It is raining in Tirana. I have been plagued since rain since I left Bucharest nearly three weeks ago. It seems I can't go two days without it, so I'm working on dealing with it. I walk along the irrefutably brown Lana River and up to the main square. They may not have power (in the absence of traffic lights, policemen with piercing whistles are doing a very respectable job of directing) but the sidewalks are in excellent repair and my feet stay dry. In the main square is a statue of national hero Skanderbeg and on the edge, another beautiful mosque.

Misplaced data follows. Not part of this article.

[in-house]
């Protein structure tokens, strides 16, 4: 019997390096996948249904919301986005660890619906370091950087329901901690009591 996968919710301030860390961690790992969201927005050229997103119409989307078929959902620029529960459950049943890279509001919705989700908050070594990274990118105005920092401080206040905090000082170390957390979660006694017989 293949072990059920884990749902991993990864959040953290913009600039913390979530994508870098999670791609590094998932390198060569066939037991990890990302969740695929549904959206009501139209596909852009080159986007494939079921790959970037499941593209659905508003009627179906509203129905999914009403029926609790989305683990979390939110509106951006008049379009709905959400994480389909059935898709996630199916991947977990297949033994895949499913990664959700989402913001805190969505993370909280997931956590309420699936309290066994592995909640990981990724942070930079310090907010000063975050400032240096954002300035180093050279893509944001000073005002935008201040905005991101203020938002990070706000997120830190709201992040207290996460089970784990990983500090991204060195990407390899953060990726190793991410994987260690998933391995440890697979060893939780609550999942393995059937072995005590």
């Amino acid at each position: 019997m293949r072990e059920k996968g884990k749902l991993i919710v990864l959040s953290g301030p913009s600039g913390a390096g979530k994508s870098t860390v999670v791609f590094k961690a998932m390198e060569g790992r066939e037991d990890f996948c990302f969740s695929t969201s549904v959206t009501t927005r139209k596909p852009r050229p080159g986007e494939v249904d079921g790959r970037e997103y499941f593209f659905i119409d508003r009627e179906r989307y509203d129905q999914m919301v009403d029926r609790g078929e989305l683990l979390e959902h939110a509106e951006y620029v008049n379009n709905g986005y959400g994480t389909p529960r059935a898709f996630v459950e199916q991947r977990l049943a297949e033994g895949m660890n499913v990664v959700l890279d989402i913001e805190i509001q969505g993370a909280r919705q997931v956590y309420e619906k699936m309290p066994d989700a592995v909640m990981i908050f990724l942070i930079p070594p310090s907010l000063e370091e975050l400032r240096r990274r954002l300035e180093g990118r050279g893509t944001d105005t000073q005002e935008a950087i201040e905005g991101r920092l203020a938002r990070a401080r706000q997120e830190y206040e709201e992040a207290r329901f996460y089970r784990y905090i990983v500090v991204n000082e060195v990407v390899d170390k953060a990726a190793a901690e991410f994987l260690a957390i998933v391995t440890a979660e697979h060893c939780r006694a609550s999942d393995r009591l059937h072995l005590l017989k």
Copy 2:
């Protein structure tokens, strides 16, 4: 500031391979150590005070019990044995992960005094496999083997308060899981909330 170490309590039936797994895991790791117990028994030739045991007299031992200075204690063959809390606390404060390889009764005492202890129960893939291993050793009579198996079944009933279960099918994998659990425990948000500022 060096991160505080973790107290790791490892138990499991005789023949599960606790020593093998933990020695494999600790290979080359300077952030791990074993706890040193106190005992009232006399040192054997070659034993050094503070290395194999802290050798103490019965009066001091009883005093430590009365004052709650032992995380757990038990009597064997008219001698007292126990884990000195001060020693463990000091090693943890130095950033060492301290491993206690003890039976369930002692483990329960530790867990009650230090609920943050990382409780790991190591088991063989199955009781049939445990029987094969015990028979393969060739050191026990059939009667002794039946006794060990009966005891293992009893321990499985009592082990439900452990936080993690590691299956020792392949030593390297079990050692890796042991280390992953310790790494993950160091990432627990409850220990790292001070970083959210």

These being the main sights I had wanted to see in Tirana and my having seen them in fifteen minutes, I decide to take a stroll to the bus station and try to absorb more of the city's atmosphere. The street fronts are filled with shops selling shoes and clothes and lots of little fast food joints selling hamburgers, hot dogs, and souvlaki. Looking up, I notice the multi-coloured building fronts above the stores. The current mayor, in an urban-renewal effort, has had most of the city's apartment blocks painted any number of bright colours. It's kind of cool. However, by now I am quite wet and head back to the hostel to dry off.

Tirana's Prague Factor:
Well, Tirana is no Prague. Nice enough city, but nothing old and the river smells. 18%.